To this day, people still don't believe that I'm 15. Mostly, because I inherited my NES from my older brother, who was alive when the NES was very popular. My style of writing also seems to throw people off, as I you don't run across many teenagers that bother to find the shift key. Or for that matter, can actually spell "teenagers that bother to find the shift key."

My original host got really angry about the traffic on the site, and continued to claim that I was abusing the server. What they didn't tell me is that the entire problem arose from my inadvertently deleting the favicon.ico file, and that was making the server return a 404 way too much of the time, which isn't really good for ther server. So, I decided to move vNES to Dreamhost. Dreamhost then promptly decided to shut me down, under the perception that my enabling the online emulation of the NES is illegal. I've been mistaken before, but I'm really sure that piracy denotes the downloading of files without the consent of the copyright holder. Technically, this isn't downloading anyway.

Dreamhost felt they could suspend my site without giving me a particular reason, initially. I don't know what it is with server farms and doing this, as it happened a few months later. I then re-enabled my site, and they kicked me off for good. If you're going to shut me down while I'm getting around one million hits a day, give me no actual reason, and then make me wait in support queue for twelve hours and think I'm not going to re-enable my site, you've probably been hit in the head one too many times.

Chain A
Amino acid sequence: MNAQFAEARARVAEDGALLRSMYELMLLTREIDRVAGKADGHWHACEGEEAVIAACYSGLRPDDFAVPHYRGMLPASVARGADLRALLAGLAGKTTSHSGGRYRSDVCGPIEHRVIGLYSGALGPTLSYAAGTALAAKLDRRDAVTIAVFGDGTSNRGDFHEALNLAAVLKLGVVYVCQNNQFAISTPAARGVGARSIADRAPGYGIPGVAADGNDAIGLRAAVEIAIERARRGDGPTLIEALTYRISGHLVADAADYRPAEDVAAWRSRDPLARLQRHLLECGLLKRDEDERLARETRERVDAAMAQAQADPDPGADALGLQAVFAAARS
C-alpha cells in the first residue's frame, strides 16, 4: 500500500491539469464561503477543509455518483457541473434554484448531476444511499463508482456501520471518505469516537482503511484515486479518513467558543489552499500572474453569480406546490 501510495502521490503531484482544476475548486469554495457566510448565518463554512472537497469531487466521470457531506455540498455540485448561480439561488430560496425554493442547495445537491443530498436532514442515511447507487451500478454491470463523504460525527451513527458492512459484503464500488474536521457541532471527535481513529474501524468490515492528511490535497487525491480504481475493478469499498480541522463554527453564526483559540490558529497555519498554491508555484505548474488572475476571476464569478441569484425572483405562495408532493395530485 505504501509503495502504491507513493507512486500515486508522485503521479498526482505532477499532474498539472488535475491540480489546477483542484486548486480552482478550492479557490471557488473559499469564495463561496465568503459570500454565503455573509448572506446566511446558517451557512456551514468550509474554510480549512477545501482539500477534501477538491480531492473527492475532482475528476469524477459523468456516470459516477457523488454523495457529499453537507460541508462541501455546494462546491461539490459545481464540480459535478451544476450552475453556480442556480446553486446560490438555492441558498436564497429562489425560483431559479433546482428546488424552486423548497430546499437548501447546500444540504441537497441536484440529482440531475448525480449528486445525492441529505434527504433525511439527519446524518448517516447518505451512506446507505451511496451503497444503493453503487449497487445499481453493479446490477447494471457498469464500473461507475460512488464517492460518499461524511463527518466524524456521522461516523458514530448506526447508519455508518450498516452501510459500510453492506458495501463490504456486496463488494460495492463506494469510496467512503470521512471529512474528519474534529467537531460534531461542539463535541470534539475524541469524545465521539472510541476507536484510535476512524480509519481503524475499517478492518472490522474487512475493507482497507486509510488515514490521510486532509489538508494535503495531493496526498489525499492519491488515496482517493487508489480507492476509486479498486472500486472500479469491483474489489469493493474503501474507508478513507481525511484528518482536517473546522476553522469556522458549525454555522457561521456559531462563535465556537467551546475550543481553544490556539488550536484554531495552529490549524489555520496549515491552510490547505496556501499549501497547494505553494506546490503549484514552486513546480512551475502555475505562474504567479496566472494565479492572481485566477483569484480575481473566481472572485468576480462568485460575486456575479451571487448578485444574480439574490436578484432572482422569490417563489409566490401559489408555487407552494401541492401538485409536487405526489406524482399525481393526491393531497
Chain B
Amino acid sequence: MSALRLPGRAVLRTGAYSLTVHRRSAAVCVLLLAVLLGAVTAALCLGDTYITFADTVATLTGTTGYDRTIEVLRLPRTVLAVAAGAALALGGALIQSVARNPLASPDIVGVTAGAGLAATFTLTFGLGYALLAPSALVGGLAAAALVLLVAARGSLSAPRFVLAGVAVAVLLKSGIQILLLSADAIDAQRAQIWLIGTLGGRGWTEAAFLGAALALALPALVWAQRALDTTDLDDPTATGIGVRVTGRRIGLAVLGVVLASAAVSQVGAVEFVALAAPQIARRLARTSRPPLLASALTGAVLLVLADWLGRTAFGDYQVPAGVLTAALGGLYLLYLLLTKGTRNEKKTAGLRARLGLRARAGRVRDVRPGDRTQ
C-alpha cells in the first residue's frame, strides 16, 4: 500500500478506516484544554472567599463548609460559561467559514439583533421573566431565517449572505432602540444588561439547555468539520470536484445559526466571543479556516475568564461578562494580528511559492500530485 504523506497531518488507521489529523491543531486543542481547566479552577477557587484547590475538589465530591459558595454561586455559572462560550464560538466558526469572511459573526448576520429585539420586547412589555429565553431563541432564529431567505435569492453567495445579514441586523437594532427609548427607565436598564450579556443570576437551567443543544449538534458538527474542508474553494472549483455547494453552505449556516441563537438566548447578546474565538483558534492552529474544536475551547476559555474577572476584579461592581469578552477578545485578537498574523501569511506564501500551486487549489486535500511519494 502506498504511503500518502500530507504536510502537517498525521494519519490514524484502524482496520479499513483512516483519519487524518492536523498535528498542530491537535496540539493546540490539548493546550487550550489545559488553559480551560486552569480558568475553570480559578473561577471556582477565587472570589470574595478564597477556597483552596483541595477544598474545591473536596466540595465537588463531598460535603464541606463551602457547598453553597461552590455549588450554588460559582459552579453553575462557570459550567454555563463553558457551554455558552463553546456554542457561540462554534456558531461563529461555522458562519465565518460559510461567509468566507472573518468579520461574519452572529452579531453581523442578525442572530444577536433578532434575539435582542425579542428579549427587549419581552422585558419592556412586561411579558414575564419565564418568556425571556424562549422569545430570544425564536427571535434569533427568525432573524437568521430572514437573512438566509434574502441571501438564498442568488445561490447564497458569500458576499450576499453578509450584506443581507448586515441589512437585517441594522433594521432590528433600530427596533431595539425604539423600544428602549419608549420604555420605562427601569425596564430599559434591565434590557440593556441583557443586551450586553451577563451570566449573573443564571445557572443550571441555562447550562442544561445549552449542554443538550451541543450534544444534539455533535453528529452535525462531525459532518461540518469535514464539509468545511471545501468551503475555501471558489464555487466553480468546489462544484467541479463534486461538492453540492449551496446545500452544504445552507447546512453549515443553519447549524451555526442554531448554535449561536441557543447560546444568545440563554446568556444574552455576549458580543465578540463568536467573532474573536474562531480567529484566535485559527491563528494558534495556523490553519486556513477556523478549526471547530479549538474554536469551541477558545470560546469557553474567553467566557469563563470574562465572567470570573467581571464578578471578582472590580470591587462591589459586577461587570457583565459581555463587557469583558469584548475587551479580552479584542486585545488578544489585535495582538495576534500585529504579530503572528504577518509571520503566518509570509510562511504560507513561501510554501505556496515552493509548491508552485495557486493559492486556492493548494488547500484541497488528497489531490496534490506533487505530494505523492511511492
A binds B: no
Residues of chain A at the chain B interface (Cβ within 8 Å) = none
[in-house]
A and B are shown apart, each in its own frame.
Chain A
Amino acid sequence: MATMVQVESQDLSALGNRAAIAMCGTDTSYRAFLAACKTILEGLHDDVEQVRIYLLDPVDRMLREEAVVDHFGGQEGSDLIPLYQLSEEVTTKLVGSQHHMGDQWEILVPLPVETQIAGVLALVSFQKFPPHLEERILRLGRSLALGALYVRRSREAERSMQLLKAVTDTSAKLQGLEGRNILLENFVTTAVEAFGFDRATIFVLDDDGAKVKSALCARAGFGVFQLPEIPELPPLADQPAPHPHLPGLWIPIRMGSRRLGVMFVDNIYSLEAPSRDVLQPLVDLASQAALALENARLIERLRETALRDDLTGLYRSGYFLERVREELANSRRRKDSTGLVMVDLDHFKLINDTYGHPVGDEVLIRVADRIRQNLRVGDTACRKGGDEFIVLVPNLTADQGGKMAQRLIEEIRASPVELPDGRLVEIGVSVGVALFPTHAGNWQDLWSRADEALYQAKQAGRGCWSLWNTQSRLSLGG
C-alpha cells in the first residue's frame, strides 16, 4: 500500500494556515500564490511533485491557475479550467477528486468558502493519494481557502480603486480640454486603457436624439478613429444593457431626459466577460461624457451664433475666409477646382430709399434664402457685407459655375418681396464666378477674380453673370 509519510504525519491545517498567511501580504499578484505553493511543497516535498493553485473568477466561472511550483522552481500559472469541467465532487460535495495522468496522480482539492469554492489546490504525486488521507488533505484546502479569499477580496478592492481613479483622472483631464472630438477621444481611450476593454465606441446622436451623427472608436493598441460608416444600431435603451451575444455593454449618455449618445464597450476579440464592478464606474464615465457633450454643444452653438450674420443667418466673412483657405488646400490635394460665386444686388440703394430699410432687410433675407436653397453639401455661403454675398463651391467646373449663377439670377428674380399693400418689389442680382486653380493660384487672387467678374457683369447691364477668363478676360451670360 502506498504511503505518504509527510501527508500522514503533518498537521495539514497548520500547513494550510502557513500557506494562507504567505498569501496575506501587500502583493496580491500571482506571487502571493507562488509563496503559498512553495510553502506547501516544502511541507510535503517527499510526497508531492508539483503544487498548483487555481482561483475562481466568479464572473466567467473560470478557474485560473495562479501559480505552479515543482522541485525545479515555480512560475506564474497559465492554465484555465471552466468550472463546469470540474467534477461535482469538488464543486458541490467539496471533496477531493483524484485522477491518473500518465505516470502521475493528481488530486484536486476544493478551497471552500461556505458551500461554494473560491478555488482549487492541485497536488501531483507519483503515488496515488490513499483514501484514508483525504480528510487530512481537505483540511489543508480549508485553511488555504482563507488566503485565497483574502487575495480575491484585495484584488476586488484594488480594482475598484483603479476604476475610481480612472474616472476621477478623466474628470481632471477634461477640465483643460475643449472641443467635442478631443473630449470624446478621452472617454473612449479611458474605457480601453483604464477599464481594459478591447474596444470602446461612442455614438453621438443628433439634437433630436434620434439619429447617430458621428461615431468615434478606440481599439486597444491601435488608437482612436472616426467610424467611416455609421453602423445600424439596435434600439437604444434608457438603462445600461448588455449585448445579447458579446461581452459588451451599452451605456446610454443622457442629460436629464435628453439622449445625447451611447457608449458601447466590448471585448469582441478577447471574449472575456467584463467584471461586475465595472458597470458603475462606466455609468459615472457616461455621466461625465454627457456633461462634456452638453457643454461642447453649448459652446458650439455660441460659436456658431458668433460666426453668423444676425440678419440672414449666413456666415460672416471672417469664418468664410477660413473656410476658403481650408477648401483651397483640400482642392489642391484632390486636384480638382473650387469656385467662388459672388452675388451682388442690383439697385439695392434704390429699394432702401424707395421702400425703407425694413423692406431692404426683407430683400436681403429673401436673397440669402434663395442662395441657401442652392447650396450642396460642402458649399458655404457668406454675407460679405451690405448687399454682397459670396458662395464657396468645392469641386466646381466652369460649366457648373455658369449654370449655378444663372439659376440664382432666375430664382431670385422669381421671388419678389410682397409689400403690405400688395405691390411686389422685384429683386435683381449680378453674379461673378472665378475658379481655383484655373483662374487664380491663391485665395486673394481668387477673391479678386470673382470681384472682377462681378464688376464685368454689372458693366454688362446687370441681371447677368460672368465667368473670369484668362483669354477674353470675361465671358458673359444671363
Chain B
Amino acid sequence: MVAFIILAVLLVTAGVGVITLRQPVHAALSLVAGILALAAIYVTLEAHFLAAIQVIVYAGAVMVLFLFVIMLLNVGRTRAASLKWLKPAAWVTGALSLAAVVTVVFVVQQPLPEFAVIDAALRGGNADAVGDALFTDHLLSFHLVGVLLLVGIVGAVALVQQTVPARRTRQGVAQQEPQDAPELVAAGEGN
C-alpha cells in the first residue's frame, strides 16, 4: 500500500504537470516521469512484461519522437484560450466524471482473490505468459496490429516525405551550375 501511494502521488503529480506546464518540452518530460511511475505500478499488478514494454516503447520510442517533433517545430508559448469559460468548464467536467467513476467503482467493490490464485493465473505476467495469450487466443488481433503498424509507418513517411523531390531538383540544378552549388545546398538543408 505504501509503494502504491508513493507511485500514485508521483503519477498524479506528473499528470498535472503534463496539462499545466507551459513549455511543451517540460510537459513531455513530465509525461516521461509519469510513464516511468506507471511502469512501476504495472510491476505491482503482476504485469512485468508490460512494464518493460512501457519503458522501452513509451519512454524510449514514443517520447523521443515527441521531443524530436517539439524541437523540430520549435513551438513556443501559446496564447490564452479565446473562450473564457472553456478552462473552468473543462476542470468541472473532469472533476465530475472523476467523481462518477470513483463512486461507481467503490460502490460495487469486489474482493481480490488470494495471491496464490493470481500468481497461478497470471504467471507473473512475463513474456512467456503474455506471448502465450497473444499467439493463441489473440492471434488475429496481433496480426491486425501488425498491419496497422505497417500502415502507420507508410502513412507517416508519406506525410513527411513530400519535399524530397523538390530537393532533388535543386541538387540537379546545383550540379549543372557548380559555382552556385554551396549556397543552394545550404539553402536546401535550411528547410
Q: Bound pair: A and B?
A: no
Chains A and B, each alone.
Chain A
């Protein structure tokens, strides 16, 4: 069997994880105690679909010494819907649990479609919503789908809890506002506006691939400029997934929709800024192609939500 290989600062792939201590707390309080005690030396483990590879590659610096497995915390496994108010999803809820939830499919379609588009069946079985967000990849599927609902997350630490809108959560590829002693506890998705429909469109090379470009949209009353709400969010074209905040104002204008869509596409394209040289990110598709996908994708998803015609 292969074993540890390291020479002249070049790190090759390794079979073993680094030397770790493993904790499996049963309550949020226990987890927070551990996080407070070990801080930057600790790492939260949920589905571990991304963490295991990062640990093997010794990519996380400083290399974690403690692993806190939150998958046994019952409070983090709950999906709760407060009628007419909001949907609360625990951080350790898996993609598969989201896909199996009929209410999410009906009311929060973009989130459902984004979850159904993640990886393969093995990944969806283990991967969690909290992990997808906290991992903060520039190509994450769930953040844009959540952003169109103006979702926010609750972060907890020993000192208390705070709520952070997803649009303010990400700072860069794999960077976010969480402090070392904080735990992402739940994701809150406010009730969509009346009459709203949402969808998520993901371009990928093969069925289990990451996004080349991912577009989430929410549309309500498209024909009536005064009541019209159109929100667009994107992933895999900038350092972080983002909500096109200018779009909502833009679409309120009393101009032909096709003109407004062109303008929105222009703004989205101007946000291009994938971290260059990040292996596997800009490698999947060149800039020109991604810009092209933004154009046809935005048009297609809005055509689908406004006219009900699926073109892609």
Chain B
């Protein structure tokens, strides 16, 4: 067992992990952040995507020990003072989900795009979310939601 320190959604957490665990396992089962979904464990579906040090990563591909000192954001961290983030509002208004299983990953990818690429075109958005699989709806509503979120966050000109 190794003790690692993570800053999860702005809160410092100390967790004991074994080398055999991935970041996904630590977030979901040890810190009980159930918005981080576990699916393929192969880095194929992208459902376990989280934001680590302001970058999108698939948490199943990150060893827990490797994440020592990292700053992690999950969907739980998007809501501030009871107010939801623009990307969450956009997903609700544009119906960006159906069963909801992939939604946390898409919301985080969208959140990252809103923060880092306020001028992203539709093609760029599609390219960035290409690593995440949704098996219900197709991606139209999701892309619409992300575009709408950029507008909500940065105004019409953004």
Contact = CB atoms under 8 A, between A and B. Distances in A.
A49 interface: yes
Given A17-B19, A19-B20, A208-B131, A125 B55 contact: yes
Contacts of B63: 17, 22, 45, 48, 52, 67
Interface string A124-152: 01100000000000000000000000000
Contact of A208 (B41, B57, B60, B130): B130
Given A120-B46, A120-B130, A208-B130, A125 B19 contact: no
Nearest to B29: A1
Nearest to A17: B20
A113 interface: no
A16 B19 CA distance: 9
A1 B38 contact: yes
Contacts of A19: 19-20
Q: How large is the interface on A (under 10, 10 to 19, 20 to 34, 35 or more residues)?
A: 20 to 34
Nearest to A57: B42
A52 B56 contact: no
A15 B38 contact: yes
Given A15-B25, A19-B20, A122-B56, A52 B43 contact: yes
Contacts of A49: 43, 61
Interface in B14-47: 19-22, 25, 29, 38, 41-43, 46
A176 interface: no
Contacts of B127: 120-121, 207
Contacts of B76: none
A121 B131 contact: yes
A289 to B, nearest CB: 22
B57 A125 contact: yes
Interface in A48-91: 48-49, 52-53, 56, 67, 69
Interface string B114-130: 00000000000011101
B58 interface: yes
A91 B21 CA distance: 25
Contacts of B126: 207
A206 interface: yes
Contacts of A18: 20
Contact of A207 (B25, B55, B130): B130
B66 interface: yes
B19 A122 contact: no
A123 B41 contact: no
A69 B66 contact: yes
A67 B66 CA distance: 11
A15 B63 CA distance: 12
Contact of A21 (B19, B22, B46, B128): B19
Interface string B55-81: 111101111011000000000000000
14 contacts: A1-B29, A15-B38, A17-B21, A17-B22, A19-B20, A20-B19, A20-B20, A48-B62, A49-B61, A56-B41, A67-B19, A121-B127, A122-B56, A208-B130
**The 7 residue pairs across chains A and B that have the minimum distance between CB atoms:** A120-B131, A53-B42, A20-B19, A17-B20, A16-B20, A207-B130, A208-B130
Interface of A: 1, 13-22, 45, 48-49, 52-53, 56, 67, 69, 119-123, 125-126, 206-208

It wouldn't be so bad if they weren't so remarkably and incredibly uncooperative. Not only that, but at the time I had received around $200 in donations from the users of vNES. Dreamhost continued to refuse to give me those funds back until I was about a minute away from sending papers to them, as I finally got them to at least return the money to the donators. If you're reading this, never buy your hosting at Dreamhost (or GoDaddy, but that's obvious - you don't want a content Nazi to be your host).

William Burns, the Chief Technology Officer of VR5 (a company that was using vNES for their Virtual Reality program) really came to my rescue dealing with Dreamhost, writing one of the best open letters I've ever had the pleasure to read. It was sent to Dreamhost and posted on www.virtualnes.com for the world to read. It was one of those New Radicals moments, the underdogs doing a reasonably good job of making the establishment seem incompetent and ostensibly obsolete.